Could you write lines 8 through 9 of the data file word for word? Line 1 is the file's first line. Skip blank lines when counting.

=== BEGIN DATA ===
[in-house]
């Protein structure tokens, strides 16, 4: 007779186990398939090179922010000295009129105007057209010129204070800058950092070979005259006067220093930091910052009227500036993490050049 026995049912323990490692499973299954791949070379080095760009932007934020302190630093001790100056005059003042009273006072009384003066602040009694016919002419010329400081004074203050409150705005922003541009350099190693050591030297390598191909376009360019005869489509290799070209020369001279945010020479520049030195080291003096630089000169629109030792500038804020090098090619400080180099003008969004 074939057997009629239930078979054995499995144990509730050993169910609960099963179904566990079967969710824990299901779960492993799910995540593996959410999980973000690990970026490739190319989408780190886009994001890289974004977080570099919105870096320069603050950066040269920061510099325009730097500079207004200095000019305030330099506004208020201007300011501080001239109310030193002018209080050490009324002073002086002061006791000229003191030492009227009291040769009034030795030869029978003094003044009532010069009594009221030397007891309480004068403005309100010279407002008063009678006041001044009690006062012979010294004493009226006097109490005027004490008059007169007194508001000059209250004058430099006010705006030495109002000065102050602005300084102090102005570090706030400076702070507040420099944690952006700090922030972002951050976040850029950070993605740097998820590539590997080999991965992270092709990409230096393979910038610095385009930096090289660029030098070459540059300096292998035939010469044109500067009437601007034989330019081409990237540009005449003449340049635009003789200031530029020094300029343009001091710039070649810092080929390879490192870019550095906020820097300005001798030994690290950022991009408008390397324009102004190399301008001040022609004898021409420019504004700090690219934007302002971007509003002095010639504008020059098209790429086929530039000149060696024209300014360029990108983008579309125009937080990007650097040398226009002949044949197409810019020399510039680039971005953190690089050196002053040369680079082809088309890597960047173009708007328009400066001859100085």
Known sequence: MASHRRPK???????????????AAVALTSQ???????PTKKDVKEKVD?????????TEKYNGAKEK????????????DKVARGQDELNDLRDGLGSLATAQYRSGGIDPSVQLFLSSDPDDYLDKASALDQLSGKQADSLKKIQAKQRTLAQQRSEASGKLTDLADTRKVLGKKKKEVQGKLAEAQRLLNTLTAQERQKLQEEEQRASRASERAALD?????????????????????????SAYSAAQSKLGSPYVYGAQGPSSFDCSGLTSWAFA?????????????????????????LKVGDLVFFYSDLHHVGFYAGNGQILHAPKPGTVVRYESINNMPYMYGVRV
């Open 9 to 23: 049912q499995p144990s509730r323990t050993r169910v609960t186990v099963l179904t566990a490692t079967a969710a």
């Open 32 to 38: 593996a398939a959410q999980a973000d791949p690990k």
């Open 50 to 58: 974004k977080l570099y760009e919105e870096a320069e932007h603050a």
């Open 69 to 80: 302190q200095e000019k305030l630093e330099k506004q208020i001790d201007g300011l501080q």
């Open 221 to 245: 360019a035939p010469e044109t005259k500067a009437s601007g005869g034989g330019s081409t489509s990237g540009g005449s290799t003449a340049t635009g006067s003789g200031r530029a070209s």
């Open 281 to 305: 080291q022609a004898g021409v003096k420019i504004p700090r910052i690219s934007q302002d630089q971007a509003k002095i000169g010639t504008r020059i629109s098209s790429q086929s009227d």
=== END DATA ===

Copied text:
């Open 221 to 245: 360019a035939p010469e044109t005259k500067a009437s601007g005869g034989g330019s081409t489509s990237g540009g005449s290799t003449a340049t635009g006067s003789g200031r530029a070209s």
């Open 281 to 305: 080291q022609a004898g021409v003096k420019i504004p700090r910052i690219s934007q302002d630089q971007a509003k002095i000169g010639t504008r020059i629109s098209s790429q086929s009227d």